By Kelly Ann Crane
Emirati businesswoman Shaima Al Shirawi is multi-tasking personified.
With a full-time job as an adjudicator at the Central Bank of the UAE, she’s also a self-made entrepreneur, wife and mother-of-one, and eight-and-a-half months pregnant.
For this go-getter, juggling work and life requires a delicate balance of determination, tenacity and the occasional desperate plea for help from friends and family.
“A support network is an absolute must,” says Al Shirawi, who is one of three sisters who started a joint venture in 2012.
An MBA graduate from the American University in Dubai and co-founder of Miyabi Sushi & Bento, Al Shirawi admits that life as an Emirati woman entrepreneur is challenging.
“Of course it’s not easy,” she says. “But nothing worth fighting for ever is. I wanted something other than my job, something to call my own.”
Inspired by a chain of the same name, Miyabi is fresh from the cosmopolitan streets of San Francisco. The casual Japanese eatery offers a wide range of menu varieties, from salads and light bites to noodles, rice and some Korean dishes.
In just three years, Al Shirawi and her two sisters have opened three locations: Sheikh Zayed Road, Dubai Media City and on the Palm Jumeirah.
But while the concept translated perfectly from San Francisco to sandpit, it wasn’t an easy sell in the beginning, according to Al Shirawi.
“It took more than three months even to get an email back from the team in the U.S.,” explains Al Shirawi. “We emailed and called and wrote and had no reply. At first it was confusing and then we had a telephone call from the owner in San Francisco and we began to understand the silence.”
It turns out the owners and founders of Miyabi couldn’t understand why a trio of Emirati women would want to open a sushi shop in the middle of the desert.
“We had to fly the owner and his son to Dubai to help them understand the landscape. As you can imagine it was a matter of hours before they realised their mistake and the agreement was made.”
From an empty shell of a restaurant to three branches with more than 70 staff offering dine-in, takeaway and catering services, Miyabi soon had a loyal fan base.
“Profits have increased around 30-40 percent month-on-month, which is not a figure we expected at all,” said Al Shirawi. “It has been very encouraging, which has certainly made it feel very worthwhile.”
But it wasn’t always California sunshine wraps and Maki rainbow rolls.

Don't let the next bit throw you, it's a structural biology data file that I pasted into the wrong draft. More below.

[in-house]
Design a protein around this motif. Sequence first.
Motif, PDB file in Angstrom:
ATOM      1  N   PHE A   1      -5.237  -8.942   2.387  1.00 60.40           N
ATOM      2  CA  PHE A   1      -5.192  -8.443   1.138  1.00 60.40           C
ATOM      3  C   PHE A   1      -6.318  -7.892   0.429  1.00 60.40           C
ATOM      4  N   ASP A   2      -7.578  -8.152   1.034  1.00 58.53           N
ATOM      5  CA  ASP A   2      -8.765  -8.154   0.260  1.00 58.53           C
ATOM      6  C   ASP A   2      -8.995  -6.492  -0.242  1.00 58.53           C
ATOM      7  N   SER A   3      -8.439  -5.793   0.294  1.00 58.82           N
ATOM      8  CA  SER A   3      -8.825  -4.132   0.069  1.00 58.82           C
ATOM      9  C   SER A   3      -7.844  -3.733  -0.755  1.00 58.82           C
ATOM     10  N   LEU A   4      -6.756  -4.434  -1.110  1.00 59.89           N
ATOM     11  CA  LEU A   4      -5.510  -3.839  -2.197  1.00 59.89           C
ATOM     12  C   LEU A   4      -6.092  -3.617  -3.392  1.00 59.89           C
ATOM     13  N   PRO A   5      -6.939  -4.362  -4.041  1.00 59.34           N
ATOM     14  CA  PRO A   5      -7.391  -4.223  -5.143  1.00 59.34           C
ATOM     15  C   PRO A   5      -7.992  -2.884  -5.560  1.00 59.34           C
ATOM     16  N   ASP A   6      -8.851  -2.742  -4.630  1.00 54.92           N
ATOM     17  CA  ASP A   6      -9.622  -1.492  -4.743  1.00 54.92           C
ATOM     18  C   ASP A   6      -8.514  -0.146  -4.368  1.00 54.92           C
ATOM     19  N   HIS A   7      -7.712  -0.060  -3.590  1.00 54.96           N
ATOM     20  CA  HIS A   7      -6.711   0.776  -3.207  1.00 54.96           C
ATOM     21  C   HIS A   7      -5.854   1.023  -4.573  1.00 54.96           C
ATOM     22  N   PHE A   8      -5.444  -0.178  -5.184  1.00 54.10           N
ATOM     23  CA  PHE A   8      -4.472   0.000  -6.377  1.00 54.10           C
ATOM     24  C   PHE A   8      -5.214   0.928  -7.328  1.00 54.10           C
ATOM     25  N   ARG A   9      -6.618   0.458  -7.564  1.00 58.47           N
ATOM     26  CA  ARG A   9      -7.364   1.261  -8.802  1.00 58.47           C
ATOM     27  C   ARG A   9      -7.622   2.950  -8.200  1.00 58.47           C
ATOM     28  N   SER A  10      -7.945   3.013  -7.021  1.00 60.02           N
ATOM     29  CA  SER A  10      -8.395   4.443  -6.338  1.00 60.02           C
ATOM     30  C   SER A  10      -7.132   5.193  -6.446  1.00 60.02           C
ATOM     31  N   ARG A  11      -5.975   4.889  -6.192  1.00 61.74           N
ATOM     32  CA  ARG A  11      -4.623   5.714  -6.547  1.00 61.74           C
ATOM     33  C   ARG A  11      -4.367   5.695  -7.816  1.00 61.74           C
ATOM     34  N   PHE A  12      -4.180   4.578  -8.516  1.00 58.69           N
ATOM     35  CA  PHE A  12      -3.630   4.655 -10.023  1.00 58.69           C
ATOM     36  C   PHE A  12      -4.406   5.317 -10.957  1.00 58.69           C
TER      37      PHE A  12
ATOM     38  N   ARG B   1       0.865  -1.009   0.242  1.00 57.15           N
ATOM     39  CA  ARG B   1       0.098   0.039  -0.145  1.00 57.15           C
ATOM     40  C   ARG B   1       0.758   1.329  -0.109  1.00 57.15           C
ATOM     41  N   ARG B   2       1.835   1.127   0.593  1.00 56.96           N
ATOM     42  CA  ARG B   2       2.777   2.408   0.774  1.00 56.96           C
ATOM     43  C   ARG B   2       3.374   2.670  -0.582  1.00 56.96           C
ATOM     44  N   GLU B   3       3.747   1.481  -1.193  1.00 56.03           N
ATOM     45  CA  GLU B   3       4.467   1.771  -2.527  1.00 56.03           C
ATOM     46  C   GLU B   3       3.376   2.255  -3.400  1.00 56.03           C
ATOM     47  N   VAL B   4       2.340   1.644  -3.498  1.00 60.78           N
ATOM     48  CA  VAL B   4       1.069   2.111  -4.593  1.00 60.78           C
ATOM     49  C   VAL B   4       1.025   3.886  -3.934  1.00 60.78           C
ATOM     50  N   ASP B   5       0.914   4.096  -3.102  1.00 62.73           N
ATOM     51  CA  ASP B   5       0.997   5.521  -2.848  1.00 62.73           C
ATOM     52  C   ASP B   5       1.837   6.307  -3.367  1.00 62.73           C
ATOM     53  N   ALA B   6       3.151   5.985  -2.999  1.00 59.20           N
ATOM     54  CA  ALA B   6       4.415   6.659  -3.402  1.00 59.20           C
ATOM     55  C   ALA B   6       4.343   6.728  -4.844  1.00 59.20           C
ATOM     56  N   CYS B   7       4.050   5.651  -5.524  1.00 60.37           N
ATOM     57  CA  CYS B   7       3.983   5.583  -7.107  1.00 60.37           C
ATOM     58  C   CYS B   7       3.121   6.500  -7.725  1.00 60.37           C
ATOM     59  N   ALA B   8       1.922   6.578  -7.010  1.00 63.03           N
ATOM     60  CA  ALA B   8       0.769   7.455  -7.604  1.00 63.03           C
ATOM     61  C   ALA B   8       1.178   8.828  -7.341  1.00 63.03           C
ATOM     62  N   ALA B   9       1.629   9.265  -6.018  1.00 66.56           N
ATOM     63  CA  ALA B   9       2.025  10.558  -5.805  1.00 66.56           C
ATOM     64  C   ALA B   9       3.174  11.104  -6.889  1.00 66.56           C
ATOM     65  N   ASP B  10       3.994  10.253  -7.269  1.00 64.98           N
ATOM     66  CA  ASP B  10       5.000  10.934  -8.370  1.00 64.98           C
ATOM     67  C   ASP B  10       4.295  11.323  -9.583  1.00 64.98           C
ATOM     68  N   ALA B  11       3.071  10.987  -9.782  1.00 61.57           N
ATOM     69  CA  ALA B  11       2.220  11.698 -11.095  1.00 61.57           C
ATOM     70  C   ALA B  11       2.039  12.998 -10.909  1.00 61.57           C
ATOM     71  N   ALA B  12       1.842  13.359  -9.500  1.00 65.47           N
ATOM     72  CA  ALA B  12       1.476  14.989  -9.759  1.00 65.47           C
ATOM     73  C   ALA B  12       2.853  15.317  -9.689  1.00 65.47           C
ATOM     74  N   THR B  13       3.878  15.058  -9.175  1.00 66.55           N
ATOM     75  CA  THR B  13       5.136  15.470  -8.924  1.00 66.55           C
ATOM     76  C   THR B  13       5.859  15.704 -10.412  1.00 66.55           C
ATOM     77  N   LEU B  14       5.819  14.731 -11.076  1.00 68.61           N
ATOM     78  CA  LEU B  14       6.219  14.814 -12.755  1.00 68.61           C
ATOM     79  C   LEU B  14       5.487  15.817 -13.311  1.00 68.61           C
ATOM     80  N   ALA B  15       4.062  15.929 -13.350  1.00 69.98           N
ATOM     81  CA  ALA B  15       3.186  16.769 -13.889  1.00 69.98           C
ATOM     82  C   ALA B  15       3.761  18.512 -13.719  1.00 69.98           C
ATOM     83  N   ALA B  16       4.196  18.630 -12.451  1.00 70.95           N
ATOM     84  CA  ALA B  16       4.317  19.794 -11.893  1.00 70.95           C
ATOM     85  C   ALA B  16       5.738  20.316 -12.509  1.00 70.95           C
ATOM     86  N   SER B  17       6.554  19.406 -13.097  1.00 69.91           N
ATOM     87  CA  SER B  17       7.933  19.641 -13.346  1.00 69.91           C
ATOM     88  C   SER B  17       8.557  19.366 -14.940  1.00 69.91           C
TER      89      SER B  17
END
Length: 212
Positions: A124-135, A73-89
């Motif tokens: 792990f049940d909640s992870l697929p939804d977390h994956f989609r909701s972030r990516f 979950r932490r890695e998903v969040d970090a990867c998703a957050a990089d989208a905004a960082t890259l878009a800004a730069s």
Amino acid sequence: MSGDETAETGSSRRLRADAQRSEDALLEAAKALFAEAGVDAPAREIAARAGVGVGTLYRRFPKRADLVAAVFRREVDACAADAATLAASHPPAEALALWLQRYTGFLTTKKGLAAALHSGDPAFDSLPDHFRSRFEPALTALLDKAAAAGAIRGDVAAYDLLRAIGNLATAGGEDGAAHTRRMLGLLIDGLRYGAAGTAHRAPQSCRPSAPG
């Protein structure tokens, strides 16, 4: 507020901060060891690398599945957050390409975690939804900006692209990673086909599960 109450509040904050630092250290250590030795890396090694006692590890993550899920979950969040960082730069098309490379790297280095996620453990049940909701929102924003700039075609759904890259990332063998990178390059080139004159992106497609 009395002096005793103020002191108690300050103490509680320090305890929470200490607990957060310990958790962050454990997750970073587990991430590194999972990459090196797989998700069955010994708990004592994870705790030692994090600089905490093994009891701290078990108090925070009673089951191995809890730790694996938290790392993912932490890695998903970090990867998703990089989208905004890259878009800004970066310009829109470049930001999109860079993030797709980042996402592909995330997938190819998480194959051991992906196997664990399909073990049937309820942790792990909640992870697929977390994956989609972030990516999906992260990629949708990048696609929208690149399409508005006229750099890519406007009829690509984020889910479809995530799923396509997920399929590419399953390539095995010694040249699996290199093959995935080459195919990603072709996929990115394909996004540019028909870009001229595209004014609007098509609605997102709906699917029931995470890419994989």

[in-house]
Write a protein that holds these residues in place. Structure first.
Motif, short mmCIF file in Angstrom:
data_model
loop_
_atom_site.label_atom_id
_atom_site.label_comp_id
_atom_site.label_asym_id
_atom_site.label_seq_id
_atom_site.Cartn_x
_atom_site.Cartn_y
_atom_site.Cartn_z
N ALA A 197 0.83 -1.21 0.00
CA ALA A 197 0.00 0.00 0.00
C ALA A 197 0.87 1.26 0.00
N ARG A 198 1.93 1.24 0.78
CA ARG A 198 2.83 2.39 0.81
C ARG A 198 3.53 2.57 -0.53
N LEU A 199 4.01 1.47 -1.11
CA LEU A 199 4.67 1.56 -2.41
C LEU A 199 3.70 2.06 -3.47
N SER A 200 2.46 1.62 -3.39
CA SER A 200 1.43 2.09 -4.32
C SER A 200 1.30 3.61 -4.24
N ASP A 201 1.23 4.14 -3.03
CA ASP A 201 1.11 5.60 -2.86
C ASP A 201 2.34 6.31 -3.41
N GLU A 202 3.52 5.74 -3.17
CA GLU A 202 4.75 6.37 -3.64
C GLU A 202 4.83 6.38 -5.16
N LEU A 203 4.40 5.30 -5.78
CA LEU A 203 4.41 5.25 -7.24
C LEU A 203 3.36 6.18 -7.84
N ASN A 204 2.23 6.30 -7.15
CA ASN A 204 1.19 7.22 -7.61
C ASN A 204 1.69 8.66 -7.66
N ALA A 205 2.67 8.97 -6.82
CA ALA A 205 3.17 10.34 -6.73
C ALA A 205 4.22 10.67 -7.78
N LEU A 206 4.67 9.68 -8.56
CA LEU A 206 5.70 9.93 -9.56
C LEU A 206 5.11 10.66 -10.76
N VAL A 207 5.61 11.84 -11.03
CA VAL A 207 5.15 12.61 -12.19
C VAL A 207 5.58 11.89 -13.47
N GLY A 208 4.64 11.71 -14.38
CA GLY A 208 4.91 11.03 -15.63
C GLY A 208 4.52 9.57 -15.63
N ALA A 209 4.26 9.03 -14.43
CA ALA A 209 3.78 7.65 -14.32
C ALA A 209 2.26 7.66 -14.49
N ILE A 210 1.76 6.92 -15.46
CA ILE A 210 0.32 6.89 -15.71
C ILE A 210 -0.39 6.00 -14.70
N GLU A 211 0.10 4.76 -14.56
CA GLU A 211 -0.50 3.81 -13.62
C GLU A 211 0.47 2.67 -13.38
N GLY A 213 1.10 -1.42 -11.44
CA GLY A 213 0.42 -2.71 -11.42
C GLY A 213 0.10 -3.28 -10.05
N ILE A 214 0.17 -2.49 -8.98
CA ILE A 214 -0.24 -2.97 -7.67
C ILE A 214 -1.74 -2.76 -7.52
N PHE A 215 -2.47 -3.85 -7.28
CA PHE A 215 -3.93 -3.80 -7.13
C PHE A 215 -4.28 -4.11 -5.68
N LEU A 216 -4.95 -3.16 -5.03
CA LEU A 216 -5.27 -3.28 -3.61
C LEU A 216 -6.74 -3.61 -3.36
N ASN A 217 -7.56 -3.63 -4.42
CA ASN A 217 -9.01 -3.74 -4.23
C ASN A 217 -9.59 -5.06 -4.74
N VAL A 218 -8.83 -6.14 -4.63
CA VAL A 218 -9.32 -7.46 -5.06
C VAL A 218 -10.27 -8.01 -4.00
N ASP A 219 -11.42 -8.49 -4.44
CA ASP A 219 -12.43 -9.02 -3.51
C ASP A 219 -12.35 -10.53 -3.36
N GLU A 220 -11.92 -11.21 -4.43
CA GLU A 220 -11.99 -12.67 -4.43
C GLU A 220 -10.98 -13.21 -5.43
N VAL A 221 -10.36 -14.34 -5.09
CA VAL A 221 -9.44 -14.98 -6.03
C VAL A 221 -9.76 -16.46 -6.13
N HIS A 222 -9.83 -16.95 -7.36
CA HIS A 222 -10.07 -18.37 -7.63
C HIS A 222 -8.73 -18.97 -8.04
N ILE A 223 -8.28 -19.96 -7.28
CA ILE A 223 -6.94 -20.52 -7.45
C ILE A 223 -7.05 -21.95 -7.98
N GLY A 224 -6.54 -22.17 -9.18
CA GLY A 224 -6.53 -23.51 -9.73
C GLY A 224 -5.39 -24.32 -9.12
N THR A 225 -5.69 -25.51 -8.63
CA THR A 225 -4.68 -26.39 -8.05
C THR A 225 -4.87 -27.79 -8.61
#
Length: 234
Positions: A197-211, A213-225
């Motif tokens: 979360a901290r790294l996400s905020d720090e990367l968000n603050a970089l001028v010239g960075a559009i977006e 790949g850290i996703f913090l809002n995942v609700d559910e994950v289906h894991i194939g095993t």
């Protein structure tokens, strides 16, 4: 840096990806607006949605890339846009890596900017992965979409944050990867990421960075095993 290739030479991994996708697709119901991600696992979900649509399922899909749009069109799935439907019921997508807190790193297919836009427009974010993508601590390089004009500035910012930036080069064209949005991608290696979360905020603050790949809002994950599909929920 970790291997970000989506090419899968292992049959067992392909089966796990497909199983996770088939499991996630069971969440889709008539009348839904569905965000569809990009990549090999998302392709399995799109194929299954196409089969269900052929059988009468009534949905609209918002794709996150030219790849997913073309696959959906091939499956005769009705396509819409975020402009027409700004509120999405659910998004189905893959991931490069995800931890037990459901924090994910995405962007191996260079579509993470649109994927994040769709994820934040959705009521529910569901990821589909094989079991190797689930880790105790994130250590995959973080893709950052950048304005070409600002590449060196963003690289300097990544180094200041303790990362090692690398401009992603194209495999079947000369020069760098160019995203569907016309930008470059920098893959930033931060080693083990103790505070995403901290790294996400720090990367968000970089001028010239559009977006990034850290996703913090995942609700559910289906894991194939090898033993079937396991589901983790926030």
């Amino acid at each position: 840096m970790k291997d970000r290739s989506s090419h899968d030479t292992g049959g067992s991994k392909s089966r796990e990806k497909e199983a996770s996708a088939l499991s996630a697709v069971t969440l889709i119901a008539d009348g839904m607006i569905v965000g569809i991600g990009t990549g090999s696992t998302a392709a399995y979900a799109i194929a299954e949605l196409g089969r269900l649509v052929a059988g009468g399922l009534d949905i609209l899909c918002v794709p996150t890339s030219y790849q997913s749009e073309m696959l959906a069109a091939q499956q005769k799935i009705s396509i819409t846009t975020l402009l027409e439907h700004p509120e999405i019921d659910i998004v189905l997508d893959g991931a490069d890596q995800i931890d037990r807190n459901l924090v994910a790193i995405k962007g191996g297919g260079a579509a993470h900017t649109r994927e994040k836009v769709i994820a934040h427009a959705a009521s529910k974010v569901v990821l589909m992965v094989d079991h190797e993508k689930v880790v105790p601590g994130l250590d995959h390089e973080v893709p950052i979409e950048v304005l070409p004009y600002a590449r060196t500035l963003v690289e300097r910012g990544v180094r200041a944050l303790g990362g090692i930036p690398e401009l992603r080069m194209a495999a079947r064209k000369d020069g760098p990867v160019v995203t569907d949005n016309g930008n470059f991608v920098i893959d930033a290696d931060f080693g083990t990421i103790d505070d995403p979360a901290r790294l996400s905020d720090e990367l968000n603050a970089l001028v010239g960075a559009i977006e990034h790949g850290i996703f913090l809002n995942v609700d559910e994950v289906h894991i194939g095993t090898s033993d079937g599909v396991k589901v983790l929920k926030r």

In 2012, when the first store began taking shape on Sheikh Zayed Road, the difficulties far outweighed the customer compliments.
“It was very challenging at first. We faced a lot of difficulties. Recruitment, design, set up, operations, admin – you name, it, we had problems,” says the Emirati.
“We owe a great deal to my father,” she happily admits. “Whenever there was a problem he was around to offer advice, encouragement and ideas for solutions. But he always left it up to us. He would come and support, he was never going to let us give up.”
The customers were coming but the lack of paid street parking near the store proved a big problem.
“You need to be flexible in business and have the ability to adapt,” says Al Shirawi. “We didn’t realise when we chose the first store that parking was important. It was hard for customers to reach us, they would come and tell us there is no parking.”
Private parking was acquired after a meeting with building management. “You have to put your customers first, no matter what your business,” says Al Shirawi.
The next goal for the “Sushi Sisters”, as they are fast becoming lovingly known, is a fourth store later this year. The aim is seven branches by 2020 before a jump to either another emirate in the UAE or somewhere in the wider GCC.
“If you have a passion for something and you like what you do, then you’ll be fine,” says Al Shirawi. “I urge all wannabe entrepreneurs to hold that passion in their heart, never give up and have a ridiculous amount of faith in yourself.”
The Emirati believes the beginning is the hardest part and determination gets you through.
“I wanted to do something my father would be proud of and I feel we’ve managed that so far,” says Al Shirawi. “It was also important to me to do something that would have an impact, no matter how big or small, on the country that is my home. That has always inspired me to achieve.”